On Tuesday evening, Nevada governor Brian Sandoval, in the last year of his second term, hosted a tech summit at the Tesla Gigafactory near Reno. Sandoval's reasons for choosing it as the place to highlight his accomplishments are obvious – as one of the world's largest buildings, nestled in the world's largest industrial park – it's the most striking monument to Northern Nevada's regeneration from underappreciated backwater to tech hub.
Sandoval started the evening by sharing some statistics about Nevada as it was when he took office in 2010. Unemployment was above 14 percent. Bankruptcies and foreclosures, he said, were the highest in the nation. This was at a time when the entire country was still shell-shocked from the 2008 recession. In October of that year, he pointed out, the front page of the Reno Gazette Journal ran a front page story titled "Reno: Detroit of the West."
To turn that around, the governor set to work creating a favorable environment for businesses, vowing to create 50,000 jobs in four years.
Eight years later, much has changed. Businesses have indeed come to Nevada, bringing those jobs and then some to the state. Apple was the first; it began creating a 1.1 million square foot data center in Reno in 2012. Then Nevada landed the Gigafactory in 2014, and the upstart automaker went to work building in the desert outside of Sparks, Reno's suburban neighbor. Google followed, buying over 1,200 acres nearby in the spring of last year.
Now, Governor Sandoval said, "One of the next big chapters in this Nevada story is Blockchains." He's referring to Blockchains, LLC, a relatively new company, which first made waves earlier this year when it bought over 65,000 acres of land in the Tahoe Reno Industrial Center (TRIC). In doing so, it didn't so much surround itself with big tech players like Google and Tesla, but surrounded them; it now owns much of the land in TRIC.
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After presenting a proclamation to Blockchains CEO Jeffrey Berns that renames TRIC "Innovation Park," the governor held a Q&A with Tesla CEO Elon Musk. The topic quickly turned to growth. Musk said that his company currently employees about 7,000 people in the area and wants to hire more. There's a problem, though: "The biggest constraint on growth here is housing and infrastructure." So much so that the company is looking to build on-site housing. Still, he said, "If you're interested in building anything that people want, I'd recommend coming here."
While unemployment in the state is down to 4.5 percent, the boom has not only been bringing jobs for Nevadans but presenting fresh challenges. In March, The New York Times ran a story about Reno's housing shortage, which has been exacerbated by Californians immigrating to the state to take advantage of its newfound economic opportunities. It's a far cry from the "Detroit" days.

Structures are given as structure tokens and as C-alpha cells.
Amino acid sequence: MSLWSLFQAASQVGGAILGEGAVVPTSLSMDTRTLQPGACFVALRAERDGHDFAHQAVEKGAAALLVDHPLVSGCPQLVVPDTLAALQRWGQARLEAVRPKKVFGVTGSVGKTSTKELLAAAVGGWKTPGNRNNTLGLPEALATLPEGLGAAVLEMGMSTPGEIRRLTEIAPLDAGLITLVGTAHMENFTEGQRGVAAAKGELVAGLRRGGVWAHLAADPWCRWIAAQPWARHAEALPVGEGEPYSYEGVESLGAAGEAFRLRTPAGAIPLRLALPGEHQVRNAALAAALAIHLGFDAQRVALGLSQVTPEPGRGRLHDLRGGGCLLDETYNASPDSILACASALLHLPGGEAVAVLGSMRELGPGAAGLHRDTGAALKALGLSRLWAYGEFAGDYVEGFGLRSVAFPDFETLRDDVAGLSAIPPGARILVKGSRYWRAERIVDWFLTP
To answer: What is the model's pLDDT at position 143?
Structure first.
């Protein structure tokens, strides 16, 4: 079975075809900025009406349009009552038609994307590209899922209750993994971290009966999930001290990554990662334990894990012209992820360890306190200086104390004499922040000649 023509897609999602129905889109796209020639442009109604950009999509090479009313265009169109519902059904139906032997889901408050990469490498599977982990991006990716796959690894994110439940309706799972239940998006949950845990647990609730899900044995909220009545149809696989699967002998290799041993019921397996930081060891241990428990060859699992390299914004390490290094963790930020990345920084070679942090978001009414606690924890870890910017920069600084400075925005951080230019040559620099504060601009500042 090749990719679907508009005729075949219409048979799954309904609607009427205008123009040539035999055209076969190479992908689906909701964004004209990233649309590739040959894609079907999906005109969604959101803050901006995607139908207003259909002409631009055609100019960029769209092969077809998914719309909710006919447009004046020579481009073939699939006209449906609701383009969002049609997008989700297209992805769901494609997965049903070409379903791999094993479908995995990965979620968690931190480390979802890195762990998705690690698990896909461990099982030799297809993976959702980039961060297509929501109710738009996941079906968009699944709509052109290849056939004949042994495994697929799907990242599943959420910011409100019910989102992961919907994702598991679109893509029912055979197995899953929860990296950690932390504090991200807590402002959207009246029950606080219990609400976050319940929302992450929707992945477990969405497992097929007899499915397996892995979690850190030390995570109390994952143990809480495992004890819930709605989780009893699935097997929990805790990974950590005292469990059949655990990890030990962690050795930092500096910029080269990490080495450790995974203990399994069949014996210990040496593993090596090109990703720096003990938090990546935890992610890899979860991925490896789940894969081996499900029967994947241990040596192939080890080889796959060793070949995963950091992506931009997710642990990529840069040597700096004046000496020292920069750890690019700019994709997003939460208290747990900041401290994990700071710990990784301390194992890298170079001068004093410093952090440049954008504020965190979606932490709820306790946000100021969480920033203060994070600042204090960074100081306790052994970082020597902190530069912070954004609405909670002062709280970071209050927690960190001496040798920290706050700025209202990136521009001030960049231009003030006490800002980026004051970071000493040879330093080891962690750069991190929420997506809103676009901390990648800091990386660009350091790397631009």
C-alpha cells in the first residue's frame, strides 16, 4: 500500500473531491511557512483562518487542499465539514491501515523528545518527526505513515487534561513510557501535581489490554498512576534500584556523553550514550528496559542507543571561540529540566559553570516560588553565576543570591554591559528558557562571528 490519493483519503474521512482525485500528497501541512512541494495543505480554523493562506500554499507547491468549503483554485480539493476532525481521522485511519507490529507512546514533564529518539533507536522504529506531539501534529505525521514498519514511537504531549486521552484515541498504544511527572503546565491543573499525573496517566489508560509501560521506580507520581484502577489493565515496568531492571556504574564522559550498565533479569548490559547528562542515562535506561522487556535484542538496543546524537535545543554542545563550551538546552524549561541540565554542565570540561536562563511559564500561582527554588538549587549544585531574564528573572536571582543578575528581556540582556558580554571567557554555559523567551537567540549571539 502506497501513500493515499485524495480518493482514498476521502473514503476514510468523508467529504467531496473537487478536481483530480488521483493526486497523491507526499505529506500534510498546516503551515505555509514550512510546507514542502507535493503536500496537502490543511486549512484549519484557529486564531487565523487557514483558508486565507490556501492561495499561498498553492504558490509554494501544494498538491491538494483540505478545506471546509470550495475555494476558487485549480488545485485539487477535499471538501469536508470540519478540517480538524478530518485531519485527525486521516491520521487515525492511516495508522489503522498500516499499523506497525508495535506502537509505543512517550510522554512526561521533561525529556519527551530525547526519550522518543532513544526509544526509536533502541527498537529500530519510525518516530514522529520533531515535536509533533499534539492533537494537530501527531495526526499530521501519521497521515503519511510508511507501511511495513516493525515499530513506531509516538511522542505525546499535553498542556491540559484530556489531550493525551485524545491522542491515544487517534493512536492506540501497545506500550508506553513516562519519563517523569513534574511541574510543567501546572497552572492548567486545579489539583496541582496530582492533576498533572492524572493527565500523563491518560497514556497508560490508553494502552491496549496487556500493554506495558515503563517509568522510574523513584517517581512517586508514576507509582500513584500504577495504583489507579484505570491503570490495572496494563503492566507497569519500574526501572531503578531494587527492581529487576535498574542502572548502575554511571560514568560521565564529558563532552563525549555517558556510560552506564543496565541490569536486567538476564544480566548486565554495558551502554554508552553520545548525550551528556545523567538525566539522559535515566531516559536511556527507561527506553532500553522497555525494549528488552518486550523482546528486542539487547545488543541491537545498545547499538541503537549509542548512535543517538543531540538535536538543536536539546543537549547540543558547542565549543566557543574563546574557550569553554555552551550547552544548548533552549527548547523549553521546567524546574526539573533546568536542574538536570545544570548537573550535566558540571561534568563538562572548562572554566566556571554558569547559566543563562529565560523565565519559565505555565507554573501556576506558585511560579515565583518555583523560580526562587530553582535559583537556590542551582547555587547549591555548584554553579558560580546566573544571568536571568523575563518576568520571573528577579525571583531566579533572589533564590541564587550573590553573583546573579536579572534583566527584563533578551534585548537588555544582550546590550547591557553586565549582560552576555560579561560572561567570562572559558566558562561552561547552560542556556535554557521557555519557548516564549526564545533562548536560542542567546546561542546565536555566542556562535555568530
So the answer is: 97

Blockchains, LLC itself has roots in California. Berns says the company was attracted to move to Nevada because of the governor's initiatives as well as by what Tesla and Panasonic were doing. In a panel with Tesla CTO J.B. Straubel and Shawn Watanabe, director of Panasonic Corporation's Tesla Energy Business Division of Automotive & Industrial Systems, Berns said, "We anticipate 10 to 20,000 people will be employed by what we have planned here in the next 10 years."
The company has a long way to go to meet its ambitious growth goals. It currently employs fewer than 100 people, but showed it was serious in its intentions by bringing on Kosala Hemachandra, MyEtherWallet founder, as its chief blockchains officer this June.
What exactly those thousands of people will be doing, Berns wouldn't say. Instead, he said an announcement would be made at the forthcoming Prague Blockchain Week on November 1. When pressed by the governor, however, he did leave some hints:
"We are building a sandbox – and it's a sandbox unlike anything that's ever been built before. We will incubate different technologies. And the synergies that will come from those technologies – because we're using blockchain as a foundation for it – will create projects and products that will change the world."
Nevada has always had plenty of sand. No matter the challenges, it's high time people started to play in it.
Jeff Benson is Managing Editor of ETHNews. He's worked as a writer and editor everywhere from Sudan to Reno. He holds a bachelor's in politics from Willamette University and a master's in nationalism studies from University of Edinburgh. When he's not in the newsroom, he trots the globe and writes about it. He holds a bit of value in ETH.
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